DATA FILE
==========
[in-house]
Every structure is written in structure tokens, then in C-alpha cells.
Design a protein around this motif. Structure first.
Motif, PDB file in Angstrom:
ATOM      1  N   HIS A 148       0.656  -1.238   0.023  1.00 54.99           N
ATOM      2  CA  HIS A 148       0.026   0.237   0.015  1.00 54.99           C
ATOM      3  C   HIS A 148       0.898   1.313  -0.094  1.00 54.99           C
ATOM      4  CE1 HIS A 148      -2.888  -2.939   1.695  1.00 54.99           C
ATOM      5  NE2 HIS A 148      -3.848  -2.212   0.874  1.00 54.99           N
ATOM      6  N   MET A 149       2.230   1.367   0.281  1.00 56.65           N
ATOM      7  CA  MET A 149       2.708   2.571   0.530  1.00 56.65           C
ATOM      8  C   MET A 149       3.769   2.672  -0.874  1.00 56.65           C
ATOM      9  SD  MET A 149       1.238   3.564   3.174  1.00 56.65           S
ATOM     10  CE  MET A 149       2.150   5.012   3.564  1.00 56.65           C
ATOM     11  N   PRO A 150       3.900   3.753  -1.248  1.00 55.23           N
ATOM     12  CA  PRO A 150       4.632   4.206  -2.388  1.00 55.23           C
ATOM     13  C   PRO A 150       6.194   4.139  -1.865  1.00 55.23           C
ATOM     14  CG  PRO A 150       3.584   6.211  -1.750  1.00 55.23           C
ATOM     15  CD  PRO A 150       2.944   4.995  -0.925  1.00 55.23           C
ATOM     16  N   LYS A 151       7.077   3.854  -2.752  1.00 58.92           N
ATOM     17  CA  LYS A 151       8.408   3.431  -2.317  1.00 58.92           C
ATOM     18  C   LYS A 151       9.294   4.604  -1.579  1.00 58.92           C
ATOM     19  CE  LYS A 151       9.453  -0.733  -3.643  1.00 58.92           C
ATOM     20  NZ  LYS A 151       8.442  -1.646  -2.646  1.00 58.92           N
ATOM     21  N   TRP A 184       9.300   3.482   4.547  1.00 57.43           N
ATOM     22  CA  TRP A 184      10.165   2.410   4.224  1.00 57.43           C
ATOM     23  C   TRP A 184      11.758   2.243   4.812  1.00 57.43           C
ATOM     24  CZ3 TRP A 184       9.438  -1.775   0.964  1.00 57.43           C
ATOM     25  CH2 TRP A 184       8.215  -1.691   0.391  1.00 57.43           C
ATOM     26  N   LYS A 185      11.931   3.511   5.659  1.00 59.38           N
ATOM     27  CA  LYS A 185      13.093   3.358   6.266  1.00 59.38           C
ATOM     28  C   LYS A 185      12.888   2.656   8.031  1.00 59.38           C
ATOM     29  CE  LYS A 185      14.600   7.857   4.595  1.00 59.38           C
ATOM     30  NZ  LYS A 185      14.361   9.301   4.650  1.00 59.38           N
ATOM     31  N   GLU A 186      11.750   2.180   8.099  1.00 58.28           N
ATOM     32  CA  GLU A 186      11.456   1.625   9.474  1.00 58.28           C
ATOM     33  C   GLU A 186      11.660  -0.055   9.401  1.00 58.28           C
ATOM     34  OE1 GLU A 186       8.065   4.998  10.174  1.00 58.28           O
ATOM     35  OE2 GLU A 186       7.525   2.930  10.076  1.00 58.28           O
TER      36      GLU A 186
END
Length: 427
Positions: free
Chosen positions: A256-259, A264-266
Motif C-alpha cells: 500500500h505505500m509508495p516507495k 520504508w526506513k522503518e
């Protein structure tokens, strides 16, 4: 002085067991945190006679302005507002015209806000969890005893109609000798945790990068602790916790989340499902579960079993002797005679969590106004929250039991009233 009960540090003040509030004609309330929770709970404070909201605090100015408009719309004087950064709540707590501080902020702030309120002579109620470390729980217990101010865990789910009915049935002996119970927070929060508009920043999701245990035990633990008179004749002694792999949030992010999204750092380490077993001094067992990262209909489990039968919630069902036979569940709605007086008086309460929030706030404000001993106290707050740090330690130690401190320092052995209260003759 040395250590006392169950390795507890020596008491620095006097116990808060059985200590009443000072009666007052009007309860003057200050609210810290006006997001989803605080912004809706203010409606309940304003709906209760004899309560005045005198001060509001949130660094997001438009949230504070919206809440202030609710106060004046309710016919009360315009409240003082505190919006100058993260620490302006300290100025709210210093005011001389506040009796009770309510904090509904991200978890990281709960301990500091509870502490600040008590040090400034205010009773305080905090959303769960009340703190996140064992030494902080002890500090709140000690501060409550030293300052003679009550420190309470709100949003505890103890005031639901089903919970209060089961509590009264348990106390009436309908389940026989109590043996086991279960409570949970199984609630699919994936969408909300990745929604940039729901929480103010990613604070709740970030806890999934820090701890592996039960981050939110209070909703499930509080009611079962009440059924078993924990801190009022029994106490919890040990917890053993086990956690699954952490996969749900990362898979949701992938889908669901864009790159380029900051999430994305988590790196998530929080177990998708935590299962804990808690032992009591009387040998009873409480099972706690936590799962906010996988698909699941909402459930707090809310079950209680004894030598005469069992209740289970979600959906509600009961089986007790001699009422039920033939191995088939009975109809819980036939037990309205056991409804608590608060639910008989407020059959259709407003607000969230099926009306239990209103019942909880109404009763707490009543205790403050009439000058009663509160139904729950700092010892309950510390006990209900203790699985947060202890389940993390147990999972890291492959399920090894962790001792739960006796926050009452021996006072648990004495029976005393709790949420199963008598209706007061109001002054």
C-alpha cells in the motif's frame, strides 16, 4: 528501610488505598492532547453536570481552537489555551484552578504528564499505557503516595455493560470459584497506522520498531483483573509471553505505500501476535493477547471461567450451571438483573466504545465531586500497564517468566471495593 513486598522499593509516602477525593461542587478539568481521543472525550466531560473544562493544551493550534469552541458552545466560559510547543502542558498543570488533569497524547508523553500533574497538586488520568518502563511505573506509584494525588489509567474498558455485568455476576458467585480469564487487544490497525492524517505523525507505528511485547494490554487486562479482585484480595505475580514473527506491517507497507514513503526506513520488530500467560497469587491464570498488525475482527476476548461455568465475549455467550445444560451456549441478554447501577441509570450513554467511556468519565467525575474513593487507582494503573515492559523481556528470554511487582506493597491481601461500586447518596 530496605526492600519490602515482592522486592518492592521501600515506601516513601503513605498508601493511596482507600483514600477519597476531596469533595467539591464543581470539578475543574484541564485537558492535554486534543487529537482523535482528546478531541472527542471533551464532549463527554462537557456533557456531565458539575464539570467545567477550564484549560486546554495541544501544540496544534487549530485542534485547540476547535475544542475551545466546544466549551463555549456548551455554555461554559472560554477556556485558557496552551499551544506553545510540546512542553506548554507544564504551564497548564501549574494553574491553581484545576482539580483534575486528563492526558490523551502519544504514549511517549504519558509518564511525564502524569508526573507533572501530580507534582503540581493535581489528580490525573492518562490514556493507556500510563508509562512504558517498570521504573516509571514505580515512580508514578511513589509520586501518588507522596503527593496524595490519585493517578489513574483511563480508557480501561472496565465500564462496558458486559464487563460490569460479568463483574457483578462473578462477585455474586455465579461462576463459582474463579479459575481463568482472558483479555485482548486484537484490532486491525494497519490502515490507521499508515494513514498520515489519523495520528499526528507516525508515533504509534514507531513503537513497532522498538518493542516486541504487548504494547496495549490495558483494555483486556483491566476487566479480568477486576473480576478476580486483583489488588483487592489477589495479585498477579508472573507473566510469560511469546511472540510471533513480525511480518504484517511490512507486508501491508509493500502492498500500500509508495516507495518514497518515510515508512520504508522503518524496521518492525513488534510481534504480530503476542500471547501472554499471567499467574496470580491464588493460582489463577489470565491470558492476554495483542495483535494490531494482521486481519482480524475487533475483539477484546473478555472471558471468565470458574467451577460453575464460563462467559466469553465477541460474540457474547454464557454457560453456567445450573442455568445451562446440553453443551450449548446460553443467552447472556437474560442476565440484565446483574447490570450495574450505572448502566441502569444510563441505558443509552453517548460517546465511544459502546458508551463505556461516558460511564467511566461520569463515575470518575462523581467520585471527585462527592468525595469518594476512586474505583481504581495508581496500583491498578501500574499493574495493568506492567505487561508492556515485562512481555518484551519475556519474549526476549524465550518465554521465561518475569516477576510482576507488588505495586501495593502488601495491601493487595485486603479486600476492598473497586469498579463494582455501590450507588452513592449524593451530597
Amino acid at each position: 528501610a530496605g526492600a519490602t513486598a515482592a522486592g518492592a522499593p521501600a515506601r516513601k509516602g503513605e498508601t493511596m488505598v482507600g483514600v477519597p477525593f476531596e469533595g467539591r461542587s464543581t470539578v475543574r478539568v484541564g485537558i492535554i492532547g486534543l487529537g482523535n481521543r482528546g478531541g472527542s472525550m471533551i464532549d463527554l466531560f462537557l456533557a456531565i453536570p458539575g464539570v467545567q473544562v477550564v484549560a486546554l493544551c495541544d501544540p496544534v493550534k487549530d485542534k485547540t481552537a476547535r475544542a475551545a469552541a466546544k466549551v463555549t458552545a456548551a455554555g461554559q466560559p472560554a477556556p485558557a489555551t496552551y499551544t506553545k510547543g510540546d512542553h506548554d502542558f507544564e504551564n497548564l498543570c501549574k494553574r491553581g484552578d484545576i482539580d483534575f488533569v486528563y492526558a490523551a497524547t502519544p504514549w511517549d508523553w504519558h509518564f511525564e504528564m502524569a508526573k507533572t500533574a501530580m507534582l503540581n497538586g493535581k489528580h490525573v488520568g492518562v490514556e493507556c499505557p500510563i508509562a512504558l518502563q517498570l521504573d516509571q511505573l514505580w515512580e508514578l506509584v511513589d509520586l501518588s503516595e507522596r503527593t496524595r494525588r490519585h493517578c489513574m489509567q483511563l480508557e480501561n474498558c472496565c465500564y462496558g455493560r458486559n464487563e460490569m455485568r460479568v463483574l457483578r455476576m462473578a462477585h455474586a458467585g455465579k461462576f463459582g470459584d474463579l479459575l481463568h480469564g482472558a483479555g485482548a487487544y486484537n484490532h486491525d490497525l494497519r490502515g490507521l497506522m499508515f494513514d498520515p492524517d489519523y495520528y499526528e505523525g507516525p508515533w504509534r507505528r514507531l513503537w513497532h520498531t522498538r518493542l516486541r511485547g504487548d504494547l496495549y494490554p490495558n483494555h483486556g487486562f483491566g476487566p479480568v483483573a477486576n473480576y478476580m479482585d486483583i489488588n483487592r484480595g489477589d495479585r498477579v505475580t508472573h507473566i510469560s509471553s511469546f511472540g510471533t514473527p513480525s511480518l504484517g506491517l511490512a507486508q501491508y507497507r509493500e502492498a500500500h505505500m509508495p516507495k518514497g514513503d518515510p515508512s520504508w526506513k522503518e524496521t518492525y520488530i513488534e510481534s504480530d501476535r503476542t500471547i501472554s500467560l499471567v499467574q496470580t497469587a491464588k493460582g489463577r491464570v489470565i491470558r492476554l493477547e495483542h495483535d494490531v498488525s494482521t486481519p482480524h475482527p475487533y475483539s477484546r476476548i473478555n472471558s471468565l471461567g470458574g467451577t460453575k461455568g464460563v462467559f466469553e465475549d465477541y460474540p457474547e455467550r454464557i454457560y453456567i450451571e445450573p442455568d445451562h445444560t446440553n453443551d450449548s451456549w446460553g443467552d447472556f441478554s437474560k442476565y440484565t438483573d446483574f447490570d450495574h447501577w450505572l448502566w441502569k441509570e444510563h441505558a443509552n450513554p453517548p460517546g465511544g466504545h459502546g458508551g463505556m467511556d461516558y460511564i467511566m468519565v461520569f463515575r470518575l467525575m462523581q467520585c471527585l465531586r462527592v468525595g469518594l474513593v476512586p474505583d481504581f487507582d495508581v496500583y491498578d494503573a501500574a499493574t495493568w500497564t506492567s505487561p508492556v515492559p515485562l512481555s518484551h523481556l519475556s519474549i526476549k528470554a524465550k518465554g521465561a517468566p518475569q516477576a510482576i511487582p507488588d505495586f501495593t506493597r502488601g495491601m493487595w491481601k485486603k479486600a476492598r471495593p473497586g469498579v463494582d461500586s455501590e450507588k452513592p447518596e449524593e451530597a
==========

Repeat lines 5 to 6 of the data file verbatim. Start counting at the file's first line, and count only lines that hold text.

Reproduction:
ATOM      1  N   HIS A 148       0.656  -1.238   0.023  1.00 54.99           N
ATOM      2  CA  HIS A 148       0.026   0.237   0.015  1.00 54.99           C